Intel’s Sandy Bridge Graphics Architecture

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Render Output Pipeline

The other prominent component of the memory hierarchy is the render output pipeline (ROP), which is capable of both reads and writes and resides in the data port. Sandy Bridge has a single ROP pipeline, again because the performance only scales modestly between different parts. In contrast, GPUs from AMD and Nvidia tend to partition the ROPs, with a pipeline for each channel of external memory. As shown in Figure 7, Llano has two ROP partitions.

The ROP is responsible for writing out render targets and performs a variety of critical graphics operations including alpha testing, stencil testing, depth testing and blending the pixel output. Like most GPUs, the Gen 6 ROP is generally optimized for writing out data, rather than reading, and must include many related functions such atomic operations. A message to the ROP typically contains 4 quads (16 pixels total) that will be written back to one or more render targets.

Both Ironlake and Sandy Bridge include render caches that are used for read/write operations, particularly in the ROP. The depth and color caches are respectively 32KB and 8KB, both set-associative. The output from these caches are eventually sent over the ring interconnect and to Sandy Bridge’s L3 cache and/or memory controller. The render caches are not coherent with the texture caches by default. To safely read back data, the render caches must be explicitly flushed.

Figure 7 – Render Output Pipeline Comparison

The ROP in Sandy Bridge was also substantially improved over the previous generation with better performance and higher quality graphics options. As an example of the trend towards fixed function graphics hardware at Intel, alpha coverage generation shifted from threads on the shader cores (in Ironlake) to dedicated hardware in the ROP (for Sandy Bridge).

Ironlake introduced hierarchical Z compression, to save memory bandwidth when handling depth buffers, and a fast Z-clear as well. The Gen 6 ROP has significantly better hierarchical Z performance, by operating on larger tiles and further reduced the cost of clearing different buffers. Early Z-testing (prior to pixel shading) is now mandatory, rather than optional, as it was for Ironlake.

The most significant change in the Sandy Bridge ROP is in image quality, rather than performance. Previous generations did not support anti-aliasing, which helps to smooth out lines and jagged edges in rendered images. Sandy Bridge has 2X and 4X multi-sample anti-aliasing (MSAA) with 32-bit FP blending, which is required for DirectX 10.1, and has been standard for AMD and Nvidia for half a decade or more. The ROP can write four 32-bit pixels per clock, for a total throughput of 16B/cycle – however, multi-sampling reduces the performance considerably. The MSAA blending hardware can also be used for atomic operations, which will be handy for future versions that are OpenCL compliant.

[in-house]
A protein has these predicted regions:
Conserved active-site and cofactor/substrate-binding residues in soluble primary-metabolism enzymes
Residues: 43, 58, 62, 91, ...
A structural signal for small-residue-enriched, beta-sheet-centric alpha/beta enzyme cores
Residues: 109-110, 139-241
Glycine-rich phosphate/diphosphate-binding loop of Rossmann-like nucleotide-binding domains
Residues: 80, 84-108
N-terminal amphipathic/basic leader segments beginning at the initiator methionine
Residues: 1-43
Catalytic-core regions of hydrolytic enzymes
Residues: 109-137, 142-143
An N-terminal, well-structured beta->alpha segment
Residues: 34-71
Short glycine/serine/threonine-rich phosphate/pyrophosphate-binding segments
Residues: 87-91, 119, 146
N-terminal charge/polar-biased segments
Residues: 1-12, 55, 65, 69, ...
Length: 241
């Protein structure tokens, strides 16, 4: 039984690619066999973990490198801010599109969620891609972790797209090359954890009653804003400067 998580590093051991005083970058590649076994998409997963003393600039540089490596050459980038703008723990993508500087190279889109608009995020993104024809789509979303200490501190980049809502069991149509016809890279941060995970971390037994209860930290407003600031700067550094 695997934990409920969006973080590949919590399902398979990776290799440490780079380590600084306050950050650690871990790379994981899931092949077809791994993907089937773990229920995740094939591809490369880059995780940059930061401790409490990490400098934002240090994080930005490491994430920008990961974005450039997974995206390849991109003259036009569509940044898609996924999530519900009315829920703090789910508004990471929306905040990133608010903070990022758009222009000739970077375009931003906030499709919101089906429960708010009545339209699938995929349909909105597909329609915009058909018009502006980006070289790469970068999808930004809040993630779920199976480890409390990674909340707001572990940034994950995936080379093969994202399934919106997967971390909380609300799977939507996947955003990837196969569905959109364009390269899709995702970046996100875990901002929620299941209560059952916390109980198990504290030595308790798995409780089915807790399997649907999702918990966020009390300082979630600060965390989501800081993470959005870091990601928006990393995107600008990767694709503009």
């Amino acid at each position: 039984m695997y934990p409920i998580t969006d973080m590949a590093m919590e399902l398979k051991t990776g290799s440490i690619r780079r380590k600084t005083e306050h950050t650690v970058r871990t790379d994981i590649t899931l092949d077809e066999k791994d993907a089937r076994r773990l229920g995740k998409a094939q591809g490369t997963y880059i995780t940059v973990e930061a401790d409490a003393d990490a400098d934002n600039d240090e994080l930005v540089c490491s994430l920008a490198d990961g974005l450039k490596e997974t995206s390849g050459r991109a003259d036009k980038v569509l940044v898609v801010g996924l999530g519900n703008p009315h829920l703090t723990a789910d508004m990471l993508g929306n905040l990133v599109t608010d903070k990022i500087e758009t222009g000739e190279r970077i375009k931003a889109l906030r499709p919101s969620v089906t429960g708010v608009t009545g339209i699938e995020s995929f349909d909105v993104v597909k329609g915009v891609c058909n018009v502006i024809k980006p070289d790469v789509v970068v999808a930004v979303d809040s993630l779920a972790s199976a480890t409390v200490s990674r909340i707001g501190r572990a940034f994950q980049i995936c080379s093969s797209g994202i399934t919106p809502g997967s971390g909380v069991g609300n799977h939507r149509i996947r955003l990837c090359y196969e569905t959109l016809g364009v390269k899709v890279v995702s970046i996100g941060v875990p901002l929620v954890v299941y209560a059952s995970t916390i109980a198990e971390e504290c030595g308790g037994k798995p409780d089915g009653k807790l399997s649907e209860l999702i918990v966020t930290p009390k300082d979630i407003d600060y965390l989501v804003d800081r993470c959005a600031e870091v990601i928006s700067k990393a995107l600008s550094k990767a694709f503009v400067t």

Data Port

The data port is responsible for all memory accesses outside the texturing pipeline. Most prominently this includes the ROP and render caches. But the data port also encompasses the constant cache and access to the ring interconnect (i.e. the shared LLC and memory controller). As with most shared resources, the data port is accessed through the messaging framework. Sandy Bridge is the first GPU with access to the LLC, and it is a tremendous advantage over Ironlake.

One of the most important changes in the data port is the memory ordering. Previously, the data port had no ordering between messages; software was responsible for ensuring that two messages did not attempt to simultaneously read and write the same location. Sandy Bridge moves a step in the right direction and guarantees that read and write commands from each thread will be handled in-order. There is still no hardware ordering between different threads by default, but that is normal for most GPUs. The stronger memory ordering model is important for future generations that will have OpenCL and Direct Compute – an in-order model is much more natural for developers. It is also a boon to tighter integration, since it more closely matches the x86 ordering model.

The Sandy Bridge data port has several new capabilities. The first is an unaligned 16B block read, which can access 16B, 32B, 64B or 128B of contiguous data and writes back to 1-4 GRF entries (depending on the total size). The second takes advantage of the new blending hardware in the ROP for atomic operations. The message executes 8 atomic operations on 32-bit data, including arithmetic and logic, compare and exchange and min/max, and writes the results back to 8 different locations memory. The writes can be totally non-contiguous in memory, and the current generation will not attempt to coalesce the accesses. This is another forward looking change that is necessary for programmability – both standards require some form of atomic operation.

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